The Portuguese government has widened its residency-by-investment programme to include a new “Green Visa” investment category, which requires investment into environmentally focussed projects to qualify for a Golden Visa.
According to John Dunn, citizen & immigration manager at Sable International, the visa forms part of Portugal’s popular Golden Resident Permit Programme (GRPP).
“The GRPP, also known as the Portugal Golden Visa, is a residency-by-investment programme that allows non-EU citizens to make a capital investment into Portugal and receive a five-year residency visa. With this visa, you and your family can live in Portugal and travel visa-free throughout the European Schengen Area,” he said.
“To be eligible for a Green Visa you need to make an investment of €500,000 (R8 million) in environmental projects. These projects can range from non-intensive organic agriculture and ecotourism schemes, to renewable energies and other environmental initiatives.”
Specific areas of investment include:
- Organic farming;
- Renewable energy;
- Carbon neutral projects.
What happens once you’ve been granted a Green Visa?
Once you’ve been approved for a Green Visa, you’ll need to keep your investment for a minimum of five years and spend just seven days in each of those five years in Portugal.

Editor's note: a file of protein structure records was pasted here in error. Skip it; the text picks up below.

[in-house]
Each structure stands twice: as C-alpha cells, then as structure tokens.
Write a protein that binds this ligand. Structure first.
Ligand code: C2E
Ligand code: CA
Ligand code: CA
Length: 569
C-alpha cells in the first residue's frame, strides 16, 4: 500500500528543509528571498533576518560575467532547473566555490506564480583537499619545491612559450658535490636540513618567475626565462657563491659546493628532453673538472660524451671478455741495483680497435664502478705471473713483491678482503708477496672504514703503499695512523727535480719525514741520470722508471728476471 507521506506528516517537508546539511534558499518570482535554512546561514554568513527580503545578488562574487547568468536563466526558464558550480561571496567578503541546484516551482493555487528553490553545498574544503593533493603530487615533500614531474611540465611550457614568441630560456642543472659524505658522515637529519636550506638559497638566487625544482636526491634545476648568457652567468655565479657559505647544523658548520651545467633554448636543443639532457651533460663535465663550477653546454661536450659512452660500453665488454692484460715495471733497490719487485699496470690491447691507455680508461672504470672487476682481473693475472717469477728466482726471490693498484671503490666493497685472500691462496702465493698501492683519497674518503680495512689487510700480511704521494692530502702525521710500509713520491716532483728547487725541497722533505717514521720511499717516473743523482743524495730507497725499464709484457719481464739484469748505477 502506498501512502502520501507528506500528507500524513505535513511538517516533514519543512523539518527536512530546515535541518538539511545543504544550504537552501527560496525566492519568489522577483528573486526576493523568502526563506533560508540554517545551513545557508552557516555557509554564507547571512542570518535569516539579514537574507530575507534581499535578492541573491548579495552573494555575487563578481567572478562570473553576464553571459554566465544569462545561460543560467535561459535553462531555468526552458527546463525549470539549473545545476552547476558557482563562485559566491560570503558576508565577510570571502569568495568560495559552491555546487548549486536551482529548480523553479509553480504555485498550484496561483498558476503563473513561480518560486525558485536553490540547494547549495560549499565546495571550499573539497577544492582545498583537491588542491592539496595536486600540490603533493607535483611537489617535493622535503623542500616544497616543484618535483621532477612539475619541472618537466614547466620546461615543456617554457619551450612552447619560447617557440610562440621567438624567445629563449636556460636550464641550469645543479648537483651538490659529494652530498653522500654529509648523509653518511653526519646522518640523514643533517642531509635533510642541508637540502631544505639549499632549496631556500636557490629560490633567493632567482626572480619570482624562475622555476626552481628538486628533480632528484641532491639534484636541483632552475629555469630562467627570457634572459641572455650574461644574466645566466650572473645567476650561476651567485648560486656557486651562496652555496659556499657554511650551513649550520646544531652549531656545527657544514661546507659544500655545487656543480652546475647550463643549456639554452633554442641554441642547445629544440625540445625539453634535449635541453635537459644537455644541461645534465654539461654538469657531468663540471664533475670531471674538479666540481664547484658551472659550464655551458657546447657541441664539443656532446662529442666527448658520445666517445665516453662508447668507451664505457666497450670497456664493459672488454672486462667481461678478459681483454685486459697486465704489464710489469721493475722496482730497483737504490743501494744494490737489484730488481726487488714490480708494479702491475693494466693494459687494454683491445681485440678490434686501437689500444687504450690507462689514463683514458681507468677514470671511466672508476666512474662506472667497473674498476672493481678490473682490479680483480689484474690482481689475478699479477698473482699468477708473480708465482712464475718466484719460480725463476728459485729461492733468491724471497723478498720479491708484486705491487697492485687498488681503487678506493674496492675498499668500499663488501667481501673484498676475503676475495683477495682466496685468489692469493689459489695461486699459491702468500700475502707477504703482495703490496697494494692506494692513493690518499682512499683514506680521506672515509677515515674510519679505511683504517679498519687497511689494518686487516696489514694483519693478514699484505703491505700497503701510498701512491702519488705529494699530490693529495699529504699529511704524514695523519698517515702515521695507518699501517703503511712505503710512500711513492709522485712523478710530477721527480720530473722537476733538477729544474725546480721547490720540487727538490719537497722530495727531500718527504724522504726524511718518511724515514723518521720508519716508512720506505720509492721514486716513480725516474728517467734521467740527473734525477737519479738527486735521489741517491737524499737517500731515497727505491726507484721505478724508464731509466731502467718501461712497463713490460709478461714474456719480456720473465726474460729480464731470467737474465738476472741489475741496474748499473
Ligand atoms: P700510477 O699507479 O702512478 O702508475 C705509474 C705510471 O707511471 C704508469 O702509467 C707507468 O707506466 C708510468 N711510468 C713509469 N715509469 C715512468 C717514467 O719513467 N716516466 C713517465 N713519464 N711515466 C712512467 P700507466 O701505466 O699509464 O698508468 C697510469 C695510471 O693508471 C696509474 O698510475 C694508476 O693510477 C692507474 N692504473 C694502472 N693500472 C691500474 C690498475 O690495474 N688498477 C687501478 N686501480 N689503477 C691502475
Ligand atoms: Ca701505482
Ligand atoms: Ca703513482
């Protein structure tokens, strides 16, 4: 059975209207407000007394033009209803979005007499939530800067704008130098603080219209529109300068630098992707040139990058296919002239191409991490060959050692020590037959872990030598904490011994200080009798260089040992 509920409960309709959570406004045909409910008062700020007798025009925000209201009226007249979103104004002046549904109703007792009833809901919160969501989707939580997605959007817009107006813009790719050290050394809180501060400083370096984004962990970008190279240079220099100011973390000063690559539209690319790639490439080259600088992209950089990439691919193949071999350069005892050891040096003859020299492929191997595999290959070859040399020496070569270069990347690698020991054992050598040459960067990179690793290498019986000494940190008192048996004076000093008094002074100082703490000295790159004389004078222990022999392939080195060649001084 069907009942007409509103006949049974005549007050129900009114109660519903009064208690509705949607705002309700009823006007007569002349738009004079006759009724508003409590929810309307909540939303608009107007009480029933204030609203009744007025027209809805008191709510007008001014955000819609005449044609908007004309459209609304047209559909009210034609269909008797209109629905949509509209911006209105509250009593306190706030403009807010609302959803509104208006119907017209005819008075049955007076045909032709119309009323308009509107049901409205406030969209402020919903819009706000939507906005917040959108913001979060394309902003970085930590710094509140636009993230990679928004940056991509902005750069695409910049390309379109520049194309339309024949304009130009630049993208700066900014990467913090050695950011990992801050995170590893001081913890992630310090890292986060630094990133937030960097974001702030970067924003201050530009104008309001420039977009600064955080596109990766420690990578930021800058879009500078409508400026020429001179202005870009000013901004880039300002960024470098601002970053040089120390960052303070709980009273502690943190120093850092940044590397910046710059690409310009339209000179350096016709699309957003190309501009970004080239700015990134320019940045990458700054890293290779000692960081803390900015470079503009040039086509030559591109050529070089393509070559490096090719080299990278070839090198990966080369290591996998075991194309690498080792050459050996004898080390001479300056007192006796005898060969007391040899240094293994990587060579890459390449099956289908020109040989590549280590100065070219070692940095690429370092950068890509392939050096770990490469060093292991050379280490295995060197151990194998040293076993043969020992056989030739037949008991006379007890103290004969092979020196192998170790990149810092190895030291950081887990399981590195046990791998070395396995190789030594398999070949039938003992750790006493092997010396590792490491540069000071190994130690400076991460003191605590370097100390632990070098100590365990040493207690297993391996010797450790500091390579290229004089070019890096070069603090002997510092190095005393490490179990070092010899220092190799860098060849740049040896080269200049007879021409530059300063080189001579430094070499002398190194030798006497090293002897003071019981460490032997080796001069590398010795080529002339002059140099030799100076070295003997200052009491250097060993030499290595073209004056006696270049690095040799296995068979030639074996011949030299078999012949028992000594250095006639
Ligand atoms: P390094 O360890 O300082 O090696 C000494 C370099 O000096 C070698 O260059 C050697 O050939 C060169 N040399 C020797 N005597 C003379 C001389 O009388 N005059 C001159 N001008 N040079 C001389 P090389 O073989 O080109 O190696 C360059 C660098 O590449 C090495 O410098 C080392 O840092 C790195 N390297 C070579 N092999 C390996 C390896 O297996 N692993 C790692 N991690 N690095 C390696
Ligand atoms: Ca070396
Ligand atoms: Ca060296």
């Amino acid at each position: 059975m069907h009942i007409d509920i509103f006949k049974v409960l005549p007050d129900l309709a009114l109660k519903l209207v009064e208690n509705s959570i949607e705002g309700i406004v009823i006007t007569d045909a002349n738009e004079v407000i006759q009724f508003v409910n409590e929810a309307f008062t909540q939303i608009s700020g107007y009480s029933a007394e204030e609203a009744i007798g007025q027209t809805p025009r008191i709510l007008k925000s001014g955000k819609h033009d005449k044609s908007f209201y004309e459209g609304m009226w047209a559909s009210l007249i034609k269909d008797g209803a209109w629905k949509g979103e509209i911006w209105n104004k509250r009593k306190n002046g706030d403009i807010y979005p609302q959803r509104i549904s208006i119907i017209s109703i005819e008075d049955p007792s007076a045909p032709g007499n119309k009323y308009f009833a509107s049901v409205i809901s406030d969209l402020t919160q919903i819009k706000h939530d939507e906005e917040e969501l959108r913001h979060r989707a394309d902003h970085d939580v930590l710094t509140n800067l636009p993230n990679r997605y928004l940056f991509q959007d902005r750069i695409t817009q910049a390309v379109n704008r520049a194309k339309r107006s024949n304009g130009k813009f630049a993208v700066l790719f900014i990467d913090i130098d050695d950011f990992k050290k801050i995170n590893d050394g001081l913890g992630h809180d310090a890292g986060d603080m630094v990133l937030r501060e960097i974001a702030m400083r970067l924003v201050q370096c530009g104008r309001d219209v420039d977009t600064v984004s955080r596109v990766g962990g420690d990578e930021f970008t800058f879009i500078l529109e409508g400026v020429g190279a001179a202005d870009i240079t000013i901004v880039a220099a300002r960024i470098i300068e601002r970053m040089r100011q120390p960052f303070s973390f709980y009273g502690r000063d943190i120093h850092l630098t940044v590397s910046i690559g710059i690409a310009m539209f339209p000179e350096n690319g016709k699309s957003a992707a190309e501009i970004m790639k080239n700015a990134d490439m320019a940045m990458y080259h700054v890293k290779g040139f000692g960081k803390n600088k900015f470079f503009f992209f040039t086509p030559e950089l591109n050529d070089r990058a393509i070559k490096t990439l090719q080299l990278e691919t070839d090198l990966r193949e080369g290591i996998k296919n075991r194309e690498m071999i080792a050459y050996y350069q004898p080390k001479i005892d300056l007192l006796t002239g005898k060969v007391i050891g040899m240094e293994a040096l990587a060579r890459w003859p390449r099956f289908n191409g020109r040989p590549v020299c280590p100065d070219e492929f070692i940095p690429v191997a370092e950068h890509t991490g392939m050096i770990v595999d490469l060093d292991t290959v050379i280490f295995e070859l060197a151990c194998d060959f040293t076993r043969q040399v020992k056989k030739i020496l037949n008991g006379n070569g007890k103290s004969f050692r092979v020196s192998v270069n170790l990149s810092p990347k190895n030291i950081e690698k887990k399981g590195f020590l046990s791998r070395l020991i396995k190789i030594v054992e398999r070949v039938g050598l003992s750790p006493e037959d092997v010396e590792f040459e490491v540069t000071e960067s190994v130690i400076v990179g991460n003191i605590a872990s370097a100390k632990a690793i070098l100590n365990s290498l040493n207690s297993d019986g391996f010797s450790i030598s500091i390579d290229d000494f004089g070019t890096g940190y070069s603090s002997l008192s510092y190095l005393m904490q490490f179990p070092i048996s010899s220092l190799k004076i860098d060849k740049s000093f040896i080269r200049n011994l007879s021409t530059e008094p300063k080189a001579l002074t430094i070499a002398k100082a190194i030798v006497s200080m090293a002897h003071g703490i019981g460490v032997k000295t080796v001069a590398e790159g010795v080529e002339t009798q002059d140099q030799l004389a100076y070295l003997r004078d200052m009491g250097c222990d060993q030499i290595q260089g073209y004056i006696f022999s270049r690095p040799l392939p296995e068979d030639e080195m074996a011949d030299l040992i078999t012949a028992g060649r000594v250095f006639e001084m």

This will ensure your visa remains valid over the five-year period, said Dunn.
After five years you will be allowed to apply for permanent residency. Once you have been a resident for a year, you will be able to apply for Portuguese citizenship.
This enables you to hold a Portuguese passport, which has consistently been ranked as one of the most powerful in the world.
How popular is the Golden Visa programme?
According to statistics released by the Portuguese Immigration Services in January this year, over 7,000 investors have been issued with a Golden Visa since the programme’s launch in 2012.
South Africa is currently placed in fourth position with a total of 276 Golden Visas granted.
“The many benefits of the GRPP, as well as the fast and efficient way in which the Portuguese government has been processing applications, has led to a sharp rise in interest from South Africans, said Dunn.
“With the potential to earn EU citizenship (and an all-important EU passport), we expect to see the number of South African applicants to increase over time.
Dunn said that a general shift in focus towards sustainability and awareness about climate change – as well as scandals and disasters such as Volkswagen’s “diesel dupe” and BP’s oil spill in 2010 – has spurred investors to become more conscious of investing in companies with good governance practices.
A 2018 Global Investor Study by Schroders revealed that 45% of South African investors are putting a significant amount of their portfolio in sustainable investments, he said.
“As much as 76% of South African investors increased their sustainable investments over the past five years.
“Interestingly, the Johannesburg Stock Exchange was the first emerging market as well as the first stock exchange globally to introduce a sustainability index – measuring companies on indicators related to environmental, social and governance or ESG practices.”